The Book of Cheese: The Essential Guide to Discovering Cheeses You'll Love

Image of The Book of Cheese: The Essential Guide to Discovering Cheeses You'll Love
Release Date: 
September 25, 2017
Flatiron Books
Reviewed by: 

In France, children are taught about cheese in school. Every day they are served different cheeses at lunchtime, developing both their palate and understanding of cheese styles. By the time they are adults, walking into a cheese shop and choosing a few different cheeses to be consumed during the week is second nature.

We Americans, on the other hand, are more likely to have been raised on American or Swiss or that perfectly gooey melting cheese, Velveeta. As adults, we are left standing blinking and dumbstruck before a well-stocked cheese counter, fearful and unsure which cheeses to choose. As a wave of uncertainty washes over us, we tend to grab for something, anything familiar like Brie or cheddar or a fresh log of goat cheese and hurriedly make our exit.

Enter Liz Thorpe, a cheese enthusiast like the rest of us, who has decoded the world of cheese by using those familiar default cheeses as her key. She calls them “gateway cheeses” and they are all recognizable to even the casual cheese eater which makes her new book, The Book of Cheese, one of the most user-friendly single subject food books to come along in some time.

It is also loads of fun to use and the results, though modest in the beginning, are nearly instantaneous (for those of you who lean toward instant gratification). Spend even an hour or two with this book and suddenly you will find yourself ordering cheeses at your favorite cheese counter with complete confidence. It is nothing short of thrilling for the serious cheese enthusiast.

With visual aids like charts and graphs, beautiful photos, and clearly (and charmingly) written narrative, Thorpe has your learning preferences covered. Everything about this book is designed to be as accessible as possible so that even the most novice cheese eater will be able to easily understand the complex world of cheese.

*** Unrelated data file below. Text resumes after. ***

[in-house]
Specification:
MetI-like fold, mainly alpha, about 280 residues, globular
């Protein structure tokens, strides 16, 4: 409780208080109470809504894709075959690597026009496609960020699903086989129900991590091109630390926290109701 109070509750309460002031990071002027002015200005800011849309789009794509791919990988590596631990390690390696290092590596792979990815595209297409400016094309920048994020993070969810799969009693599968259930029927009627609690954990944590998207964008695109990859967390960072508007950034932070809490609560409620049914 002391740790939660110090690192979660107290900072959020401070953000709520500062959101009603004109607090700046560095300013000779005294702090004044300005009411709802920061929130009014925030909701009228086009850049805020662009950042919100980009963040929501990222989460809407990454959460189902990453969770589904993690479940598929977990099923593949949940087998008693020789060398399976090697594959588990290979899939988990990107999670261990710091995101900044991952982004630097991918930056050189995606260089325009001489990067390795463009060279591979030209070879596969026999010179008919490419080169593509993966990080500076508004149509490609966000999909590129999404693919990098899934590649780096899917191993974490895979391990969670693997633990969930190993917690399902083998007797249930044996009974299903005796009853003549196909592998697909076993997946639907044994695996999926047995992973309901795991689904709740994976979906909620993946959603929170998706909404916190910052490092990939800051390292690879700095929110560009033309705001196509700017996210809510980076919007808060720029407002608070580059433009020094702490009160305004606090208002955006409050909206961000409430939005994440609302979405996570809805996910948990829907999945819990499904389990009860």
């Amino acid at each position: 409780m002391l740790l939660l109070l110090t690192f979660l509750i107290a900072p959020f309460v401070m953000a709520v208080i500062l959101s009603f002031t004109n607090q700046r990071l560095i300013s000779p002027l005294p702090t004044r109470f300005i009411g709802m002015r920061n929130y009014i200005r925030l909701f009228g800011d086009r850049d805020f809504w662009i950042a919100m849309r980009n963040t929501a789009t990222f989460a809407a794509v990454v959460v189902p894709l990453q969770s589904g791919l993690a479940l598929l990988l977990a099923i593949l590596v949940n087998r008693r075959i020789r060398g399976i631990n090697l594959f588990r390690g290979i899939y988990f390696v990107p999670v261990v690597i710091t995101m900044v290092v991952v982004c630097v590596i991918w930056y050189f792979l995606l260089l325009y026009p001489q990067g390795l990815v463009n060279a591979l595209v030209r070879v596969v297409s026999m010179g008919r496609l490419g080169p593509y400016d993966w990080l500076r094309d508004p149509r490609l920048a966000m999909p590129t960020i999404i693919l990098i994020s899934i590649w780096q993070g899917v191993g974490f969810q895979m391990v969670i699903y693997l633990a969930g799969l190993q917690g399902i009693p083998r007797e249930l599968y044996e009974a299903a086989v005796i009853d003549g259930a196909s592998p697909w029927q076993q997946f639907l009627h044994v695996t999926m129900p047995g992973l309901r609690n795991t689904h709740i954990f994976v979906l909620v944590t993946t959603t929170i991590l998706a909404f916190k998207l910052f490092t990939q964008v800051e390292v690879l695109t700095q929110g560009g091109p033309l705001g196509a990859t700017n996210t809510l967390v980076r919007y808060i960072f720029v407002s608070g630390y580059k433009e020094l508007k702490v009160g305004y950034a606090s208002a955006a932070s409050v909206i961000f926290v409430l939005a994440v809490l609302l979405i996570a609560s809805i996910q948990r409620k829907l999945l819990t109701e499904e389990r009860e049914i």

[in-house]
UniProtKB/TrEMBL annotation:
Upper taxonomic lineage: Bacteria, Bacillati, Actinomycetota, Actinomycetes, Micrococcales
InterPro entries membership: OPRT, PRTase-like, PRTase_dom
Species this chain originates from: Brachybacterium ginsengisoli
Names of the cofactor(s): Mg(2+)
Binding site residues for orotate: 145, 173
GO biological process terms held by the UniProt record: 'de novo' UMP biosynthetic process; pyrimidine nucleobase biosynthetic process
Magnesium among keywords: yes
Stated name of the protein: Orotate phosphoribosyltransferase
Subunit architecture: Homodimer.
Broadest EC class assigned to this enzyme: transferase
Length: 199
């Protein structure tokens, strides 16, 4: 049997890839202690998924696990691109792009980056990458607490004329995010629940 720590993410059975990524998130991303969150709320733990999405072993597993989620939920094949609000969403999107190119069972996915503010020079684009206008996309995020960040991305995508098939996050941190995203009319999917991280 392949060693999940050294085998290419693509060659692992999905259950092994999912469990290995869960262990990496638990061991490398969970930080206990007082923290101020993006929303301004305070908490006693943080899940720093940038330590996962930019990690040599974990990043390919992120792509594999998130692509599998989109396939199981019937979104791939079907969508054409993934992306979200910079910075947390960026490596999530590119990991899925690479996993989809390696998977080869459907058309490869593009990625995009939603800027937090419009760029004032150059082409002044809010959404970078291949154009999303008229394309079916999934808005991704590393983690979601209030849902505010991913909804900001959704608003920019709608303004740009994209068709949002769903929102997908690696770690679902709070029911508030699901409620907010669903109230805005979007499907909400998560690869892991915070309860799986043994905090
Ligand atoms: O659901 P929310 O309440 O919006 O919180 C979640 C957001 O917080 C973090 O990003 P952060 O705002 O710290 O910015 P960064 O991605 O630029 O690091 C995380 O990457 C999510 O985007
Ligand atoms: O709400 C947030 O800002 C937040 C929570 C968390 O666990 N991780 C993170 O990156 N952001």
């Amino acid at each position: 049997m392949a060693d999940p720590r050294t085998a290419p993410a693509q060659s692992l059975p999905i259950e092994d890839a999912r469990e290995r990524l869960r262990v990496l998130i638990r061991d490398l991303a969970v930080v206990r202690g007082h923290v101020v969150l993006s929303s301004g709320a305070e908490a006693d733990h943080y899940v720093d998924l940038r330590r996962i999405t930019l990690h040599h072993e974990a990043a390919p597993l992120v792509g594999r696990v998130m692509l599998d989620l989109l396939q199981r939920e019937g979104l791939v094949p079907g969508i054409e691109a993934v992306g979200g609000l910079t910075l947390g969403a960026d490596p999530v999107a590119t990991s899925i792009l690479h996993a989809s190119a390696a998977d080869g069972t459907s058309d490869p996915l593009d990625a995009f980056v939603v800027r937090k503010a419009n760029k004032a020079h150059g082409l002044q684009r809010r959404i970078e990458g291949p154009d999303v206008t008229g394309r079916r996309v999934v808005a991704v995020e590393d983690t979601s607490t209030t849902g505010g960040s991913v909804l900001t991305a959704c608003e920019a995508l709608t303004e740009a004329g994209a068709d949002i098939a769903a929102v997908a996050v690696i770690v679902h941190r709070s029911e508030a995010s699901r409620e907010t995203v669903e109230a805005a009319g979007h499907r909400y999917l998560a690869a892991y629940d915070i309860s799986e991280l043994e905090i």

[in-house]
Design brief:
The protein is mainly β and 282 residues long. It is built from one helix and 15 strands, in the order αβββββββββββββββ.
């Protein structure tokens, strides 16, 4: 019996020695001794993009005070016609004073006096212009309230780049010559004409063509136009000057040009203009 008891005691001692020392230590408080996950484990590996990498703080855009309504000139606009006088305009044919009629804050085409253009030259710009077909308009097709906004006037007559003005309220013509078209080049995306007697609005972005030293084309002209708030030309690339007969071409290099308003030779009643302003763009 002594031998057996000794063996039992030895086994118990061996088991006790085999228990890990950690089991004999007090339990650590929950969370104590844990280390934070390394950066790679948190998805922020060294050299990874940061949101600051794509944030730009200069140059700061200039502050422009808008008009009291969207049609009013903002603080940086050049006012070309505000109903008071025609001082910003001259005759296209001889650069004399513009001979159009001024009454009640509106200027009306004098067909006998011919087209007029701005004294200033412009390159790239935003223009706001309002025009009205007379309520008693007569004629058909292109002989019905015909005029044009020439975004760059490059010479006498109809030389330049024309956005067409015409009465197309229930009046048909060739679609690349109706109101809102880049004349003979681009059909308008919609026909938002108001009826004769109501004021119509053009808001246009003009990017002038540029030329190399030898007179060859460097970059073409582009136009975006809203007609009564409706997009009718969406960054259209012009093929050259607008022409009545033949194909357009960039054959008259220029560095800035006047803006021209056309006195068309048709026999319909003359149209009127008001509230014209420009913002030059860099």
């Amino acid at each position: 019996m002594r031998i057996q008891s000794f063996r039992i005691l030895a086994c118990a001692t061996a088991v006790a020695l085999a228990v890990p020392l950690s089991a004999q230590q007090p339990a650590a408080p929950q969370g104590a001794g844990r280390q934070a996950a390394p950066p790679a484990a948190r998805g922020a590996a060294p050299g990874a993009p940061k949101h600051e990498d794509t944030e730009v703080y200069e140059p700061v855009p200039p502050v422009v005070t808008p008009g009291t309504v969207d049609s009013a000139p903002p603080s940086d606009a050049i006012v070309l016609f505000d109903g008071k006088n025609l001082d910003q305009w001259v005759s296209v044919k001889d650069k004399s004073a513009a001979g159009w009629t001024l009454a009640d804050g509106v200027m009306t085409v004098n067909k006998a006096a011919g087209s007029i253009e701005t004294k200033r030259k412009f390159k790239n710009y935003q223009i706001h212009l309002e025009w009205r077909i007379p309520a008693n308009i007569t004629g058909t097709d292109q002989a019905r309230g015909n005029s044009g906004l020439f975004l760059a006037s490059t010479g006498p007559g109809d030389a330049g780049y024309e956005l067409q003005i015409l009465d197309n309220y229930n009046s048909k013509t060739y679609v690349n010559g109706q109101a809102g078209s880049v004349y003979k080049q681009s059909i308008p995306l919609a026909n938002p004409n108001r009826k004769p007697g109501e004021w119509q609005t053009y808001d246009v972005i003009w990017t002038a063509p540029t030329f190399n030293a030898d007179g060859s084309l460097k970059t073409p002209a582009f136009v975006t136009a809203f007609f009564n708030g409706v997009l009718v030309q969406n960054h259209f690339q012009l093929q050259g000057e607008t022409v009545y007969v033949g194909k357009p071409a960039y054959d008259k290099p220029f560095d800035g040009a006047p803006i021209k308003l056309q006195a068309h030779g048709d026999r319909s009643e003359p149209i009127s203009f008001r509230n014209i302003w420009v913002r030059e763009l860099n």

Rather than organizing cheeses by country of origin, milk type (sheep, cow, goat) or technical designation (bloomy rind, washed rind, etc.), Thorpe gently invites you into the world of cheese by way of the cheeses you already know—the gateway cheeses as she calls them—that open the door to other cheeses in the same style no matter the country of origin or milk type.

This is how it works: The book is divided into ten chapters, each built around a single gateway cheese that is your way into other cheeses of similar style. She begins with the mildest and most approachable of gateway cheeses, Mozzarella and progresses all the way to blue cheeses (and then finishes with a chapter on misfits that don’t readily hue to any one style). Within each chapter, Thorpe takes you through the gambit from approachable to intense flavors. She also offers storage tips, food and wine pairing suggestions as well as tasting notes.

What are the gateway cheeses exactly? Moving from most approachable to most intense they are: Mozzarella, Brie, Havarti, Taleggio, Manchego, cheddar, Swiss, Parmesan, blue and, finally, the misfits that can’t easily be categorized.